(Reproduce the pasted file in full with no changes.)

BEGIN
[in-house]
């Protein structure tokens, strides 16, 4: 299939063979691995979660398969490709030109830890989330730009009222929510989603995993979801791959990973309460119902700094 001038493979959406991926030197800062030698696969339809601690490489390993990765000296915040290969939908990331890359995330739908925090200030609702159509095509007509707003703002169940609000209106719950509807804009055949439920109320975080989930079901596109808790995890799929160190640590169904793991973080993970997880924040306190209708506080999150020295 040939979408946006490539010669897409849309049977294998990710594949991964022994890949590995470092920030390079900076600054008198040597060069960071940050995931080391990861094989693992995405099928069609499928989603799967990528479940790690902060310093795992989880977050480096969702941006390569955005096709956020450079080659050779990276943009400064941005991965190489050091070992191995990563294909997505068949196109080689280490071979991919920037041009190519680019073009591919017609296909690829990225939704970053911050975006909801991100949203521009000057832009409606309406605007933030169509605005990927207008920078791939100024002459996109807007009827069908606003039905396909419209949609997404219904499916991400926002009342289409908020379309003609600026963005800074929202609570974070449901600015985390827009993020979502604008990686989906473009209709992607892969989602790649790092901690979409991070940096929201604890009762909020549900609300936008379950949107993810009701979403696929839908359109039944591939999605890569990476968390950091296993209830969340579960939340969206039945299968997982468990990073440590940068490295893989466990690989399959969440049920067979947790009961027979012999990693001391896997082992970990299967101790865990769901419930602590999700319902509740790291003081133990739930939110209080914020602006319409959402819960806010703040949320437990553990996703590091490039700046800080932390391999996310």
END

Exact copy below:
[in-house]
């Protein structure tokens, strides 16, 4: 299939063979691995979660398969490709030109830890989330730009009222929510989603995993979801791959990973309460119902700094 001038493979959406991926030197800062030698696969339809601690490489390993990765000296915040290969939908990331890359995330739908925090200030609702159509095509007509707003703002169940609000209106719950509807804009055949439920109320975080989930079901596109808790995890799929160190640590169904793991973080993970997880924040306190209708506080999150020295 040939979408946006490539010669897409849309049977294998990710594949991964022994890949590995470092920030390079900076600054008198040597060069960071940050995931080391990861094989693992995405099928069609499928989603799967990528479940790690902060310093795992989880977050480096969702941006390569955005096709956020450079080659050779990276943009400064941005991965190489050091070992191995990563294909997505068949196109080689280490071979991919920037041009190519680019073009591919017609296909690829990225939704970053911050975006909801991100949203521009000057832009409606309406605007933030169509605005990927207008920078791939100024002459996109807007009827069908606003039905396909419209949609997404219904499916991400926002009342289409908020379309003609600026963005800074929202609570974070449901600015985390827009993020979502604008990686989906473009209709992607892969989602790649790092901690979409991070940096929201604890009762909020549900609300936008379950949107993810009701979403696929839908359109039944591939999605890569990476968390950091296993209830969340579960939340969206039945299968997982468990990073440590940068490295893989466990690989399959969440049920067979947790009961027979012999990693001391896997082992970990299967101790865990769901419930602590999700319902509740790291003081133990739930939110209080914020602006319409959402819960806010703040949320437990553990996703590091490039700046800080932390391999996310």